Group of ACE volunteers relaxing around the campfire
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Stephanie Koedinger: playing with the community children

Stephanie Koedinger

🇱🇺 Luxembourg

Length of Trip
28 Nights

Project Year

Hello, my name is Stephanie, I’m 21 and I joined the Coastal Conservation Experience for a month on their mission to make the world a little bit better.

It all started with the idea of getting out of my daily routine and after having spent a few vacations in South Africa, I wanted to return, so I started to search for volunteer projects. I compared different sites and finally decided to join the African Conservation Experience. I read through their different projects and stumbled over the marine project. I knew immediately that I would love to be part of that project.

Getting in contact and arranging the bookings was fairly easy and I thank African Conservation Experience for that. At first I was really afraid to travel alone for the first time in my life to a country that far away, but the fact of getting a personal contact in Johannesburg made the journey so much easier. Thanks for your support Martin.

It was a long journey and at the end I just wanted to arrive at my destination. I’ll admit that I was slightly afraid that I wouldn’t fit in with the other volunteers or what would actually await me, but I must say that all fears were irrational and that I had the most amazing time in Plettenberg Bay. Everybody I met over there was friendly, helpful and towards the end of the month I realised that we had in fact become like a little family to me.

In Plettenberg Bay, we lived in a house almost like a commune. Every week we had a chart board, with the written activities for each day of the week and who would join them. The activities included:

  • Opportunistic marine animal data collection onboard a commercial whale and dolphin watching boat trips (which by the way are having amazing boat trips to go see the marine life)
  • Cliff-top monitoring of fur seals, cetaceans and sharks in Robberg MPA (which is also an amazing hiking tour)
  • Marine mammal stranding response and necropsies 
  • Intertidal baboon scat surveys
  • Beach clean-ups 
  • River health assessments following mini-SASS protocol
  • Data capture
  • Bait collection and maintenance of an aquarium
  • Alien vegetation clearing
  • General assistance at SANCCOB Seabird Rehabilitation centre  
  • General assistance at a community crèche 
  • General assisting at the Knysna Animal Welfare Society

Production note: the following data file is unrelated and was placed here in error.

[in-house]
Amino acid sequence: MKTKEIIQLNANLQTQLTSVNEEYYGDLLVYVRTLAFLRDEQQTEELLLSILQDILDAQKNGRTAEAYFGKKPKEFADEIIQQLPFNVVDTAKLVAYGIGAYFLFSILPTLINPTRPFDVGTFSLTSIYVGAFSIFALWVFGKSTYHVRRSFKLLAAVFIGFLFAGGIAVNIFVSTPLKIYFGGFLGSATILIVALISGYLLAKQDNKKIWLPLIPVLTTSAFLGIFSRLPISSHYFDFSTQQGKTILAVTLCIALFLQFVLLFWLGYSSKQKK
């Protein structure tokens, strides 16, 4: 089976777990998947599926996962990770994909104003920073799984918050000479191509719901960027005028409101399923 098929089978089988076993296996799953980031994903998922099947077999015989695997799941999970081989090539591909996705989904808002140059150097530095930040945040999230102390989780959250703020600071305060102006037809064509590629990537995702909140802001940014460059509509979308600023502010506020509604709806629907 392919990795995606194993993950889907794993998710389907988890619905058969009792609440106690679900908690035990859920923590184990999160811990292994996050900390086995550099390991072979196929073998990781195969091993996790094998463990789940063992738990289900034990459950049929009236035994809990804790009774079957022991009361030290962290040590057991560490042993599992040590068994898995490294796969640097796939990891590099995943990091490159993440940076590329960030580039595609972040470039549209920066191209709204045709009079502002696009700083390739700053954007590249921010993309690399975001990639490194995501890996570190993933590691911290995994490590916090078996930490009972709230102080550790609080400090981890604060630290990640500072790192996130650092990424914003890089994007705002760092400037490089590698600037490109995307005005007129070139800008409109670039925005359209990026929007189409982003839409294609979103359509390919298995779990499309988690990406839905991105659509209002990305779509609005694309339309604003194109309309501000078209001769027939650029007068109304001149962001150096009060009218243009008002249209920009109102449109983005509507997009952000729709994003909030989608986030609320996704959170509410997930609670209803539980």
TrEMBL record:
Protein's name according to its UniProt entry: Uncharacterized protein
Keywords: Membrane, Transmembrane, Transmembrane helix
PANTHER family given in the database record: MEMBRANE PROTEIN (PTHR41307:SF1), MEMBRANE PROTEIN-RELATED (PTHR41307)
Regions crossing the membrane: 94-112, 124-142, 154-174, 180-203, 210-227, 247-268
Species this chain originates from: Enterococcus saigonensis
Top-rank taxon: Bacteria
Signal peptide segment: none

• Making Ecobricks

I could probably say something about every activity I just listed up, but I’ll stick for the points I enjoyed most, for the rest I guess you just got to find out for yourselves. 

The boat trips were my absolute favourite, just getting out on the ocean, getting the opportunity to see and experience something different every time, the boat trips used to collect data can show how changeable our nature and its inhabitants can be. And yes on my first day on the boat I got as wet as a rat but I wasn’t bothered, I saw it as a welcoming to Plettenberg Bay.  

The cliff-monitoring on Robberg, sitting at the same spot for two hours and staring at the ocean seemed slightly boring to me at first, but it was exactly there where I learned to appreciate the nature without the hectics of our daily lives. I was able to observe how marine animals, birds and other animals behaved without our interventions, but just observing them quietly and just enjoying the calm.  

The first time we went to clean up the beaches I was shocked and appalled by what humans are doing not only to the ocean but to our whole eco system. 

While I stayed there I had to realise that not everything is the way it’s presented on tv, for example as a volunteer you might get the chance to be able to clean the seabirds of oil but chances are high that you will get stuck with poop clean duty. And that’s ok because it’s also a part of making sure the birds will be feeling well and can rehabilitate faster. I’m convinced that to be able to help the animals and the environment, everybody should become part of a volunteer project.

Visiting the community crèche was a nice change to the oceanic data collection, the kids were full of energy and it really warmed my heart to see them so eager to learn.

Ultimately I got to say that I did experience a lot of different and amazing things, experienced unforgettable moments and encountered people that I will carry in my heart for the rest of my life. At last I can only recommend this project to everyone who wants to help to change our understanding of the oceanic environment.